The workshop highlighted different Infrastructural needs during the perimenopause. These included the need of stools to sit and bath in the bathroom, the need of higher platforms in bathing areas to manage laundry, need of closed drainage, need for safe disposal of sanitary waste, and in underdeveloped countries, need of secure access at night to community toilets by perimenopausal women. In underdeveloped countries, for example, in Ghana, financial stability of poor women was also found to be a hindering factor in management of symptoms around the perimenopausal period.
Finally the workshop concluded with a discussion around what policy level measures can be taken to address the unmet needs of perimenopausal women in our society.
What are the larger implications, what to take away from this?
After the session, Prof. Mona Iyer, Dean of Faculty of Planning, joined the class outside on the steps of the faculty for a debrief of the workshop. The discussion led us to understand the importance of studying such delicate and hidden subjects, as needs of perimenopausal, in the overall academic spectrum.
We realized that India being a developing country, suffering from poor sanitation facilities, is struggling to meet even basic sanitation requirements for a large portion of its population. In this context, the government has launched pan India level – Swachh Bharat Mission to meet the most basic sanitation needs of the population. A country where achieving basic sanitation facilities has become a national level challenge, it seems obvious that hidden knowledge such as the needs of perimenopausal women remains largely untouched, which is a neglected topic globally as well, as indicated in Dr Amita’s research.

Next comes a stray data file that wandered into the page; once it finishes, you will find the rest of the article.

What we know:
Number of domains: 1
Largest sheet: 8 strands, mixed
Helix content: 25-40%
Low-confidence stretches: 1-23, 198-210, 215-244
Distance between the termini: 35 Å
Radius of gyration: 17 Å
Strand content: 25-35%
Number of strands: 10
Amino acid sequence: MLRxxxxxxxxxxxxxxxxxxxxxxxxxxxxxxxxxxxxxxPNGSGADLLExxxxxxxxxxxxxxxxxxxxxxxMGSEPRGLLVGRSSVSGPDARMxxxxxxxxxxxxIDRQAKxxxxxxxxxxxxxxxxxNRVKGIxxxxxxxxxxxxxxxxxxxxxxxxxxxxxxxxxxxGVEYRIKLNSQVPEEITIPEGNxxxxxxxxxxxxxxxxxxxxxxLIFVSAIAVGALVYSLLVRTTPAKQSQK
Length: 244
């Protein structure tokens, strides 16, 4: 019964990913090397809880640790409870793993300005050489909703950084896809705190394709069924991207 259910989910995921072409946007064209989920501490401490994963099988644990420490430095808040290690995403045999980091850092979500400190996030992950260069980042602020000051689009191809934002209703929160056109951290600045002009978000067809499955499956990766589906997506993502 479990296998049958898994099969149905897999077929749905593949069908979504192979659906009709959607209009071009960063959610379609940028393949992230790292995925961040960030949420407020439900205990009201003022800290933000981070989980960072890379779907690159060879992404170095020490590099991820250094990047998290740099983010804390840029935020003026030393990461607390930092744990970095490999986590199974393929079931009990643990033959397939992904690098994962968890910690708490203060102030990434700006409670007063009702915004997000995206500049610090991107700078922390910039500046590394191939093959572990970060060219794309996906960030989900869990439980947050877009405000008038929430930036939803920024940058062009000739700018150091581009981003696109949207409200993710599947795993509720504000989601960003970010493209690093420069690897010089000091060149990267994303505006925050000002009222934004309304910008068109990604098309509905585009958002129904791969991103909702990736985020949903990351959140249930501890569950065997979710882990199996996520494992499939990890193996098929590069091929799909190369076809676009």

Another key observation from this workshop is that the knowledge around perimenopausal symptoms and their management remains hidden and is transferred from generation to generation among the women. An interesting observation was also that in the layout of a traditional house in a village in North India, we see the internal parts of the house to be resided mostly by the women, where entry of men is restricted. In these areas, we see a source of water and access to the cooking area in close proximity, indicating that there has been an awareness regarding the needs of perimenopausal women among the women of the family, translated down to the layout and planning of services within a traditional house, all the while keeping the men out of this realm, physically as well as socially.
As more and more urbanization is happening in our cities, the issues of sanitary hygiene do not remain confined to individual residences, but have inevitably become city level issues, due to centralized wastewater management systems. Thus, unsafe management of menstrual waste from individual residences potentially pose the risk of creating a health hazard at a wider level, just like unsafe management of sewerage can pose risk of spreading of diseases in the city. This creates a need for the WASH sector to pay attention to this situation as well. Hence it becomes important to prioritize the inclusion of needs of perimenopausal women in the planning of infrastructure of our cities.
We would like to especially thank Prof. Mona Iyer and Siddh Doshi, for facilitating the setting up of this workshop.